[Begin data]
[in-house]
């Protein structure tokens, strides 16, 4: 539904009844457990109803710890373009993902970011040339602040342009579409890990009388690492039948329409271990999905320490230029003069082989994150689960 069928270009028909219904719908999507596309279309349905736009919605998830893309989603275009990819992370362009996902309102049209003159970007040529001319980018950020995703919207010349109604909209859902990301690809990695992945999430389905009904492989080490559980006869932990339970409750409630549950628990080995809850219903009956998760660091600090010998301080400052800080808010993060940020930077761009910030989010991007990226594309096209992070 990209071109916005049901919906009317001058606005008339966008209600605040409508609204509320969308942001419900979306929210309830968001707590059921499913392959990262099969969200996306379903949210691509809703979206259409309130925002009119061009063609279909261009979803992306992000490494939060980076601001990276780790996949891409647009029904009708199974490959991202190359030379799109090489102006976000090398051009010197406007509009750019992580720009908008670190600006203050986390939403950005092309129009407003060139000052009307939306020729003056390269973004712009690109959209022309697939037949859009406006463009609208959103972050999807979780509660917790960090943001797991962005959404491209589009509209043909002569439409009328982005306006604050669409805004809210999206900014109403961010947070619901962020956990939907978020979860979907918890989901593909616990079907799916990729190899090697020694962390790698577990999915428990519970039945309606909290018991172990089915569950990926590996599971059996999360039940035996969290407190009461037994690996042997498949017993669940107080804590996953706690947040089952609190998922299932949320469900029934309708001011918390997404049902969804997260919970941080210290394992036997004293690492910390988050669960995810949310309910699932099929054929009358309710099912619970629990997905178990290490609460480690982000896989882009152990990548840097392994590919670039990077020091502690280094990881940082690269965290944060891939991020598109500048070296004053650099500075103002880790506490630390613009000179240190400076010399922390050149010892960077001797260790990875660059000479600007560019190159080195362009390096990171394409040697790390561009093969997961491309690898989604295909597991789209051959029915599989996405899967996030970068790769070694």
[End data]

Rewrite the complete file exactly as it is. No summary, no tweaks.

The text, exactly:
[in-house]
């Protein structure tokens, strides 16, 4: 539904009844457990109803710890373009993902970011040339602040342009579409890990009388690492039948329409271990999905320490230029003069082989994150689960 069928270009028909219904719908999507596309279309349905736009919605998830893309989603275009990819992370362009996902309102049209003159970007040529001319980018950020995703919207010349109604909209859902990301690809990695992945999430389905009904492989080490559980006869932990339970409750409630549950628990080995809850219903009956998760660091600090010998301080400052800080808010993060940020930077761009910030989010991007990226594309096209992070 990209071109916005049901919906009317001058606005008339966008209600605040409508609204509320969308942001419900979306929210309830968001707590059921499913392959990262099969969200996306379903949210691509809703979206259409309130925002009119061009063609279909261009979803992306992000490494939060980076601001990276780790996949891409647009029904009708199974490959991202190359030379799109090489102006976000090398051009010197406007509009750019992580720009908008670190600006203050986390939403950005092309129009407003060139000052009307939306020729003056390269973004712009690109959209022309697939037949859009406006463009609208959103972050999807979780509660917790960090943001797991962005959404491209589009509209043909002569439409009328982005306006604050669409805004809210999206900014109403961010947070619901962020956990939907978020979860979907918890989901593909616990079907799916990729190899090697020694962390790698577990999915428990519970039945309606909290018991172990089915569950990926590996599971059996999360039940035996969290407190009461037994690996042997498949017993669940107080804590996953706690947040089952609190998922299932949320469900029934309708001011918390997404049902969804997260919970941080210290394992036997004293690492910390988050669960995810949310309910699932099929054929009358309710099912619970629990997905178990290490609460480690982000896989882009152990990548840097392994590919670039990077020091502690280094990881940082690269965290944060891939991020598109500048070296004053650099500075103002880790506490630390613009000179240190400076010399922390050149010892960077001797260790990875660059000479600007560019190159080195362009390096990171394409040697790390561009093969997961491309690898989604295909597991789209051959029915599989996405899967996030970068790769070694």